ISO 14096-2 pdf download

ISO 14096-2 pdf download

ISO 14096-2 pdf download Non-destructive testing — Qualification of radiographic film digitisation systems — Part 2: Minimum requirements
1 Scope
This European Standard specifies three film-digitisation quality classes for the requirements of non-destructive testing.The selected class depends on the radiation energy, penetrated material thickness and the quality level of the originalradiographic fim. This European Standard does not address signal processing, display and storage of the digitiseddata.
2 Normative references
This European Standard incorporates by dated or undated reference,provisions from other publications. Thesenormative references are cited at the appropriate places in the text, and the publications are listed hereafter.For datedreferences, subsequent amendments to or revisions of any of these publications apply to this European Standard onlywhen incorporated in it by amendment or revision. For undated references the latest edition of the publication referredto applies (including amendments).
EN 444,Non-destructive testing – General principles for radiographic examination of metallic materials by X- anogamma-rays.
EN 1435,Non-destructive examination of welds — Radiographic examination of welded joints.EN 12681,Founding- Radiographic examination.
EN 14096-1,Non-destructive testing —Qualification of radiographic film digitisation systems — Part 1: Definitions,quantitative measurements of image quality parameters, standard reference film and qualitative control.
ISO 5579,Non-destructive testing —Radiographic examination of metallic materials by X- and gamma rays — Basicrules.
3 Terms and definitions
For the purposes of this European Standard, the following terms and definitions apply.3.1
radiographic film digitisation systemdigitiser
sequential application of the two functions below:
a) detection of the diffuse transmittance of a small unit area of the film (pixel, picture element) by means of an opticaldetector, giving an electric output signal (geometrical digitisation);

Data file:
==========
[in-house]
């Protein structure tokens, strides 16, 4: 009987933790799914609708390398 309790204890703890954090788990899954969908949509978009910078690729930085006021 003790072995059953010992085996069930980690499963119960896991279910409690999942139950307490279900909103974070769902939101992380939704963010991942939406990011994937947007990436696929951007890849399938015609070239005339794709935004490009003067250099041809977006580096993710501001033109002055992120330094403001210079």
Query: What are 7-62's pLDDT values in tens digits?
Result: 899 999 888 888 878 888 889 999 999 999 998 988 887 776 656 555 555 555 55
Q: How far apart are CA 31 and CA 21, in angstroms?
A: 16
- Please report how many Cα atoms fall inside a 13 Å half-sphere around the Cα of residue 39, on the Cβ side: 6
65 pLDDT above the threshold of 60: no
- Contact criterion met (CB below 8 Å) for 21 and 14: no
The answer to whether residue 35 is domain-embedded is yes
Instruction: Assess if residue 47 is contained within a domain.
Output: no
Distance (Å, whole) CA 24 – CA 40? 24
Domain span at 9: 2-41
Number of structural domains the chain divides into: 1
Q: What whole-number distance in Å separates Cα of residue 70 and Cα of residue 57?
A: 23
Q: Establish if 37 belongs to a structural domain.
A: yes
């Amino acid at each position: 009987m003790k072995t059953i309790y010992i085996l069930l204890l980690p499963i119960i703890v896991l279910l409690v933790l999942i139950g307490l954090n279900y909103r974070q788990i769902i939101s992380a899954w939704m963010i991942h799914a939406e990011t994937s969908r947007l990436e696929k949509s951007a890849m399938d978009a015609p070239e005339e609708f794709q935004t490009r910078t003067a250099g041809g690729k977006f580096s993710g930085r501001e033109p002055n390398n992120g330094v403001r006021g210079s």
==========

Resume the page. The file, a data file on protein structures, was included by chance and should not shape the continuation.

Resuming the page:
b) conversion of the above electrical signal into a numerical value (densitometrical digitisation)3.2
pixel size P
geometrical centre-to-centre distance between adjacent pixels in a row (horizontal pitch) or column (vertical pitch) ofthe scanned image
optical densityo
logarithmic value to the base 10 of the difuse light intensity ratio in front of (o) and behind (p) the radiographic filimaccording to equation (1):
D= ‘gy-
spatial frequency/
described by a sinusoidal intensity variation along a geometrical axis
The period of this function is measured in number of line pairs per millimetre (Ip/mm).3.5
modulation transfer function MTF
normalised magnitude of the Fourier-transform(FT) of the differentiated spatial optical density edge spread function(ESF) (see EN 14096-1 :2003, Figure 1)
it describes the unsharpness function of the digitiser (contrast transmission as a function of the object size).NOTE This MTF calculation is based on optical densities, which correspond to the X-ray dose.
digital resolution in bit
number of bits provided by the analogue-to-digital converter of the digitiser used for densitometrical digitisationNOTE A digital resolution of N bits corresponds to 2Ndigital values.
density contrast sensitivity
minimum density variation of the film, which is resolved by the digitiser
This is mostly determined by the digitisation noise of the digitise (quantum noise of the light detector).NOTEThe determination of this value is described in EN 14096-1:2003,4.1.5.
density range
range of maximum and minimum optical densities,which can be measured by the digitiser
Depending on the construction of the digitiser, this density range can be spit into several working ranges (e.g. by adifferent ililumination power andor a different detector integration time).
working range wR
range of optical densities,where the digitiser guarantees a minimum density contrast sensitivity in one singleacquisition

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